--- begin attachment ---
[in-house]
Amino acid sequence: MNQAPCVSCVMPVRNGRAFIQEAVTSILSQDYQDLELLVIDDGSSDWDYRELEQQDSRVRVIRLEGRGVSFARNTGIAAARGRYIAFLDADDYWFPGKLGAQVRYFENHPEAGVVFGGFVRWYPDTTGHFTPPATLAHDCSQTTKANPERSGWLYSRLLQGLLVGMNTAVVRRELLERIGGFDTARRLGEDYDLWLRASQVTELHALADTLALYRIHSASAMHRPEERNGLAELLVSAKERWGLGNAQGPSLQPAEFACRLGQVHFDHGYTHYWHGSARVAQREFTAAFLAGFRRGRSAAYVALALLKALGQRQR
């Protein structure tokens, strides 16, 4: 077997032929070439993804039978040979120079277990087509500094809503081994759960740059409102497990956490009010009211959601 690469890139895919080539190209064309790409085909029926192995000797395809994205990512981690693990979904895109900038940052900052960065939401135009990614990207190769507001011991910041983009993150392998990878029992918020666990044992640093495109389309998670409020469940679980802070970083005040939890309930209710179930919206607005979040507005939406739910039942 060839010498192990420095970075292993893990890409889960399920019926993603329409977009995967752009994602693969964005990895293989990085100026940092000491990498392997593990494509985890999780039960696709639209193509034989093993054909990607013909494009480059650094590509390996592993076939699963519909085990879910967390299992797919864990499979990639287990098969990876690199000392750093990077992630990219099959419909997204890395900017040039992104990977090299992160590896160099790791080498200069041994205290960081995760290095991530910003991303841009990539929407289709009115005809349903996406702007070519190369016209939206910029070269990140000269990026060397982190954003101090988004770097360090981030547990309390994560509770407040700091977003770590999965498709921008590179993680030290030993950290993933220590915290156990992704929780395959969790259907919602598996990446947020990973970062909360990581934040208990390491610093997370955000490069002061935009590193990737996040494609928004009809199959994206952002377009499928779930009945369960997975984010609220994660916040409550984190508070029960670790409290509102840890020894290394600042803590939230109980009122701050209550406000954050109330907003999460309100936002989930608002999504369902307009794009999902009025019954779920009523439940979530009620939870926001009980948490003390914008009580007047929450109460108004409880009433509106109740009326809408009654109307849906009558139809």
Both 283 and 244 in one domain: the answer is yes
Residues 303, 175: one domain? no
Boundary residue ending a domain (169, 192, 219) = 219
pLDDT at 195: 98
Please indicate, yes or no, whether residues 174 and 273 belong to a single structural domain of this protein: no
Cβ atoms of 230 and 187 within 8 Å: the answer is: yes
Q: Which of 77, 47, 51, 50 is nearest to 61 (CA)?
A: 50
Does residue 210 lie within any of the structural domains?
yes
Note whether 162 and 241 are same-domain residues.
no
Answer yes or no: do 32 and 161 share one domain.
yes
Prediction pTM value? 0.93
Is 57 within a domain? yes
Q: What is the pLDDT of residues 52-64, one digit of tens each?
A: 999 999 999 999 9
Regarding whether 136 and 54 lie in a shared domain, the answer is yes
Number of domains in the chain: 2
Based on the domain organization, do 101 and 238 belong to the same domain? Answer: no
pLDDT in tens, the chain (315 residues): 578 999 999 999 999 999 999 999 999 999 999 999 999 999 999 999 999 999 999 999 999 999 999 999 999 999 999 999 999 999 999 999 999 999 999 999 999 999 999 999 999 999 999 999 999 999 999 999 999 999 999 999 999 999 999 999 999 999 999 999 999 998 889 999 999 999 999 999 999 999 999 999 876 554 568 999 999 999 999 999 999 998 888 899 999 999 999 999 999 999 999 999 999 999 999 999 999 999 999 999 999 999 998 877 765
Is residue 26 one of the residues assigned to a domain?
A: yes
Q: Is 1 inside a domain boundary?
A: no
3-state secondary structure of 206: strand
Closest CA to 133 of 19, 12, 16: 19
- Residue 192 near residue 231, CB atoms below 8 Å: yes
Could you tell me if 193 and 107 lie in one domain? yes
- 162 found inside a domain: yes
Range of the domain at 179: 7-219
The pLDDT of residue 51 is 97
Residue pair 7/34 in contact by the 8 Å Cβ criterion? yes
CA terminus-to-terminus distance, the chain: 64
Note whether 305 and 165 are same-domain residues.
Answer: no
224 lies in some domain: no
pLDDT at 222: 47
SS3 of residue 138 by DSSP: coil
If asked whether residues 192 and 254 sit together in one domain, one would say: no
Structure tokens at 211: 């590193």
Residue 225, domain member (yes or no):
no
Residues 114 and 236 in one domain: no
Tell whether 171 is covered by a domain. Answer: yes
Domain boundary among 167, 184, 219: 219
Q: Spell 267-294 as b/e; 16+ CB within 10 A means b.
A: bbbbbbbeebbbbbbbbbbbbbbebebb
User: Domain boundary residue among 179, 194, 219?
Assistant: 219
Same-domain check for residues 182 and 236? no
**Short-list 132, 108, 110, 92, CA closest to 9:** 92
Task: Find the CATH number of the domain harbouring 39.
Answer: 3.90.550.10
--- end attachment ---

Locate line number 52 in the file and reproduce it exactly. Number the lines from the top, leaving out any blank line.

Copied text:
A: bbbbbbbeebbbbbbbbbbbbbbebebb